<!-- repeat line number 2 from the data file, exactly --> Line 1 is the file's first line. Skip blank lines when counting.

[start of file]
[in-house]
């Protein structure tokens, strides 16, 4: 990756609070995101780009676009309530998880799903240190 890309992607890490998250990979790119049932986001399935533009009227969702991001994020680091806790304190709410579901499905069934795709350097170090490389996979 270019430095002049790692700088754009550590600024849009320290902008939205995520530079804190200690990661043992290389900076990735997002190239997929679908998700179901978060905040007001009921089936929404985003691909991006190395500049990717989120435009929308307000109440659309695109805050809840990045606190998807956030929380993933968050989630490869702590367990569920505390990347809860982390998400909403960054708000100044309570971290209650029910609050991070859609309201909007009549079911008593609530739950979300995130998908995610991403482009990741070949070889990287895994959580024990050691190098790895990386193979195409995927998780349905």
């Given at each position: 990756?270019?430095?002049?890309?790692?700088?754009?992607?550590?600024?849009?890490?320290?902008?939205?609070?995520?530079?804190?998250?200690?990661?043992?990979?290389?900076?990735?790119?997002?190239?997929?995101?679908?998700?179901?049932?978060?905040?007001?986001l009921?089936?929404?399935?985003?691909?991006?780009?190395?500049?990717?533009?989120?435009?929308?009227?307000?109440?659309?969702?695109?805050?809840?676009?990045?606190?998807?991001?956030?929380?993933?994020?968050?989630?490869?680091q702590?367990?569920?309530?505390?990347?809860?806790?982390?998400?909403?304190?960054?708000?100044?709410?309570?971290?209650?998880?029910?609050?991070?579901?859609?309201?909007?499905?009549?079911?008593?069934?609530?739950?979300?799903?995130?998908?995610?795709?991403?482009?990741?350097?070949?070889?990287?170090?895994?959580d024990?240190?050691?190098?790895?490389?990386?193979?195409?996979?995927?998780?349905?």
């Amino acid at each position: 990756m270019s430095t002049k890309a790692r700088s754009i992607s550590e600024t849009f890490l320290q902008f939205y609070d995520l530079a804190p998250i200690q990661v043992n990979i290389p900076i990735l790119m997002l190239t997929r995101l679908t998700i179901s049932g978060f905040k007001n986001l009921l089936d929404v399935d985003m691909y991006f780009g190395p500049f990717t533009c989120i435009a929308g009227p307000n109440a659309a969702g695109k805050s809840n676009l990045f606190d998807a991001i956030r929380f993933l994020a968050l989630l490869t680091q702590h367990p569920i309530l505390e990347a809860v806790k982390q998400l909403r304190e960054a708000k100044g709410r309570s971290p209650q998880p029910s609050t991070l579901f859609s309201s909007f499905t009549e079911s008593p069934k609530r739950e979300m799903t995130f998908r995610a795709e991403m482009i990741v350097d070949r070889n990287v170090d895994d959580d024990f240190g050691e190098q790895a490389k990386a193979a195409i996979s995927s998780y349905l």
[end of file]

């Protein structure tokens, strides 16, 4: 990756609070995101780009676009309530998880799903240190 890309992607890490998250990979790119049932986001399935533009009227969702991001994020680091806790304190709410579901499905069934795709350097170090490389996979 270019430095002049790692700088754009550590600024849009320290902008939205995520530079804190200690990661043992290389900076990735997002190239997929679908998700179901978060905040007001009921089936929404985003691909991006190395500049990717989120435009929308307000109440659309695109805050809840990045606190998807956030929380993933968050989630490869702590367990569920505390990347809860982390998400909403960054708000100044309570971290209650029910609050991070859609309201909007009549079911008593609530739950979300995130998908995610991403482009990741070949070889990287895994959580024990050691190098790895990386193979195409995927998780349905």